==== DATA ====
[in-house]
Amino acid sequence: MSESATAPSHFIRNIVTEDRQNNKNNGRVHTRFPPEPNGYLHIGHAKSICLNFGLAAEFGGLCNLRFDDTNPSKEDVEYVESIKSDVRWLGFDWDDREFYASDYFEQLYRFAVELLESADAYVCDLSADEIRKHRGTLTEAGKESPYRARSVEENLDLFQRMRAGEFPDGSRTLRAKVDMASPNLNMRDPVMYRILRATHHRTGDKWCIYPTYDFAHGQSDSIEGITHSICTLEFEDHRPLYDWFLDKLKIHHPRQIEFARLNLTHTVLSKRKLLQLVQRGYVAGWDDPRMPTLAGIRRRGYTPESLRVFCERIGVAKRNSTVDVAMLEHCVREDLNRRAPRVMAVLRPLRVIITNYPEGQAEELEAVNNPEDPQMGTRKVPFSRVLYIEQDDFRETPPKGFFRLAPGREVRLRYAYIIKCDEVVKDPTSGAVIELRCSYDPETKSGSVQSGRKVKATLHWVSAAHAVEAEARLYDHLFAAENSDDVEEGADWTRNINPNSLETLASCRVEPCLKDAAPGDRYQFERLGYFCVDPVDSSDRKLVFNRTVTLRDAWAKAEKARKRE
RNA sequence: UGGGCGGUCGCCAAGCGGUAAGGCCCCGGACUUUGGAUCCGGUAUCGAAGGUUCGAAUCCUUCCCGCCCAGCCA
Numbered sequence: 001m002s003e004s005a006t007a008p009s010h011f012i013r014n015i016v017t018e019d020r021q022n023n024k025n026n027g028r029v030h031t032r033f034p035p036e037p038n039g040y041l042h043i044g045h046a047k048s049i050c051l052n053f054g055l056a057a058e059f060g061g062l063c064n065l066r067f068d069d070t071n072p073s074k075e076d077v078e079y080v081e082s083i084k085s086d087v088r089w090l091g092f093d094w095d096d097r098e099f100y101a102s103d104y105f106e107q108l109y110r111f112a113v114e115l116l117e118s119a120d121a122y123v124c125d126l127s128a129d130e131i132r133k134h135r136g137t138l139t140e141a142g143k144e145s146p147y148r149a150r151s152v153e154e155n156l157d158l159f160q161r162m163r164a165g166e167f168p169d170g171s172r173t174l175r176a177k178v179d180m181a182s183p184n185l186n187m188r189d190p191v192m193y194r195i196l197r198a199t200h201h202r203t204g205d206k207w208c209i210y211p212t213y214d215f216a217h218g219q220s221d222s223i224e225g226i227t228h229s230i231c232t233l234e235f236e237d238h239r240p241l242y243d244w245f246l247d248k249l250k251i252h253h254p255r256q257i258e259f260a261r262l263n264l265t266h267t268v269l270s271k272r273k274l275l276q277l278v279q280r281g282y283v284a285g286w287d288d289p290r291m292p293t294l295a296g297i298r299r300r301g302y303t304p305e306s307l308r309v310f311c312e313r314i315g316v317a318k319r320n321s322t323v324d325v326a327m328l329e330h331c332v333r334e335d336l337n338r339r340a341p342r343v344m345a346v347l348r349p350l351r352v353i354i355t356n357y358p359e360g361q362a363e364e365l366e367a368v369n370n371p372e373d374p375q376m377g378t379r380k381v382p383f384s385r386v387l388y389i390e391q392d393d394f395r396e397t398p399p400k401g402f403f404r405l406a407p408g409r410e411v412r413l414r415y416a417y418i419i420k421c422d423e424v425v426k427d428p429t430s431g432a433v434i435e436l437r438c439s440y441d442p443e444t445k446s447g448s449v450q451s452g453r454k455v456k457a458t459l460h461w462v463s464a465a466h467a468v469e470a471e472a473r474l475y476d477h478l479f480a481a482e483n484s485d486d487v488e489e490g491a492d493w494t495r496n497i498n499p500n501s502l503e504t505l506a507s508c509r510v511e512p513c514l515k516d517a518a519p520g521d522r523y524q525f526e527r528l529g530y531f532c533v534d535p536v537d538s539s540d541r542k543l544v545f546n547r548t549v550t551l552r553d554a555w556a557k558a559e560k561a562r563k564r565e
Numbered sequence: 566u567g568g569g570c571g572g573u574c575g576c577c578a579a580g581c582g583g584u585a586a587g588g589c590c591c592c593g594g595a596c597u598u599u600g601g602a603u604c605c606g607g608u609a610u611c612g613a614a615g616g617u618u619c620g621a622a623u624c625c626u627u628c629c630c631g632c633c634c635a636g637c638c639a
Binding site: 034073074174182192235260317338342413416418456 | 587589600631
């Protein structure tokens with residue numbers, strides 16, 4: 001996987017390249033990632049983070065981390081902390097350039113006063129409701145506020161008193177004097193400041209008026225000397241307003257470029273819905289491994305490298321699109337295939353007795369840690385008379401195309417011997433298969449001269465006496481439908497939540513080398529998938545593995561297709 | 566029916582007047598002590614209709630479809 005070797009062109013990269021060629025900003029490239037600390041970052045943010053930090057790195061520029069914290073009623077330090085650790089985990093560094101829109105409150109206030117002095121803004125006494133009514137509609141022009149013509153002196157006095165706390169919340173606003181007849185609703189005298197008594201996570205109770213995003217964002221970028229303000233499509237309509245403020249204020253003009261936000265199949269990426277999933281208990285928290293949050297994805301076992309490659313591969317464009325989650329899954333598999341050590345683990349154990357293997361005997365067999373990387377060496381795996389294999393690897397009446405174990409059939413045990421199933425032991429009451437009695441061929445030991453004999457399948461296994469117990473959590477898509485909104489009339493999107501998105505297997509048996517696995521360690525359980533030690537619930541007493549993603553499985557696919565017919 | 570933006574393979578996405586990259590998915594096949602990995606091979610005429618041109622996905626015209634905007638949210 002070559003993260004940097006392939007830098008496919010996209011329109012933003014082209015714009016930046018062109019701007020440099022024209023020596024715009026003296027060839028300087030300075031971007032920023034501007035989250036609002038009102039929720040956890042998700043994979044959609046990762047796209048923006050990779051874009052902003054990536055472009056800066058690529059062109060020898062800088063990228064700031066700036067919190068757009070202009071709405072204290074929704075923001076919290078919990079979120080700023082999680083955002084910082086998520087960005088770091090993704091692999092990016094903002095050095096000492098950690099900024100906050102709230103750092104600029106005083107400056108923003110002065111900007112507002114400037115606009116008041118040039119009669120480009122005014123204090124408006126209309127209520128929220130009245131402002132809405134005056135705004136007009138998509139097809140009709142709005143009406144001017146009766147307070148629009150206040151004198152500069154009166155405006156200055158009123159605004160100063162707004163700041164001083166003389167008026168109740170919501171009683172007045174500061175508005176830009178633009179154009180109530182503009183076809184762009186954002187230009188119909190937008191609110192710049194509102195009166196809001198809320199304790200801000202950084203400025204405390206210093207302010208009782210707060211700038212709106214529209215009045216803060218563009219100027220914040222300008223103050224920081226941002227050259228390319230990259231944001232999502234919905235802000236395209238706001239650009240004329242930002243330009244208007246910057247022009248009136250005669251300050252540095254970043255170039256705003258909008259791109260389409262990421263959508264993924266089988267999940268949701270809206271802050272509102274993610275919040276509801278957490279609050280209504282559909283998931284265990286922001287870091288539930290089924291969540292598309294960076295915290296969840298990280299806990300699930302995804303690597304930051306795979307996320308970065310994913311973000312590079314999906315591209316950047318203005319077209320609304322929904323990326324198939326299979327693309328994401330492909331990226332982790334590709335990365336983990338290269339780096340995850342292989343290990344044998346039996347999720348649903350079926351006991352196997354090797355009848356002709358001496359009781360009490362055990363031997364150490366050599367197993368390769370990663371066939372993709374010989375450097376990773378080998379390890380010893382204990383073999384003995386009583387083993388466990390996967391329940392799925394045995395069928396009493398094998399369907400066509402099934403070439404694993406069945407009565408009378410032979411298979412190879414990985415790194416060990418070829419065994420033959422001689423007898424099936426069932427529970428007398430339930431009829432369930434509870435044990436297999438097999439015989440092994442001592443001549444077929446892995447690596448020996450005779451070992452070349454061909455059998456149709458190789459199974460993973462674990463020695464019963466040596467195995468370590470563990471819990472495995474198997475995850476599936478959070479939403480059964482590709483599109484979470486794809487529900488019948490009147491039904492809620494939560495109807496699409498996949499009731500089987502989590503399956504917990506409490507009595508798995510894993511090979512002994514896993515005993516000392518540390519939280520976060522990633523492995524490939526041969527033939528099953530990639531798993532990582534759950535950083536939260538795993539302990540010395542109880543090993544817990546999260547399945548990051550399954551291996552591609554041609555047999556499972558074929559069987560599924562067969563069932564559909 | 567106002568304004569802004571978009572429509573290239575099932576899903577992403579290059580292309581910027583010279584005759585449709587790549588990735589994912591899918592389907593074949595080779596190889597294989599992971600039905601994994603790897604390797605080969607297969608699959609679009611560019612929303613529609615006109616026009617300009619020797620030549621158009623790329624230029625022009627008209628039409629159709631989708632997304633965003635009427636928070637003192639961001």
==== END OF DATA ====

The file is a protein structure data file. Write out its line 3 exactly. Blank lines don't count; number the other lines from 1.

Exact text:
RNA sequence: UGGGCGGUCGCCAAGCGGUAAGGCCCCGGACUUUGGAUCCGGUAUCGAAGGUUCGAAUCCUUCCCGCCCAGCCA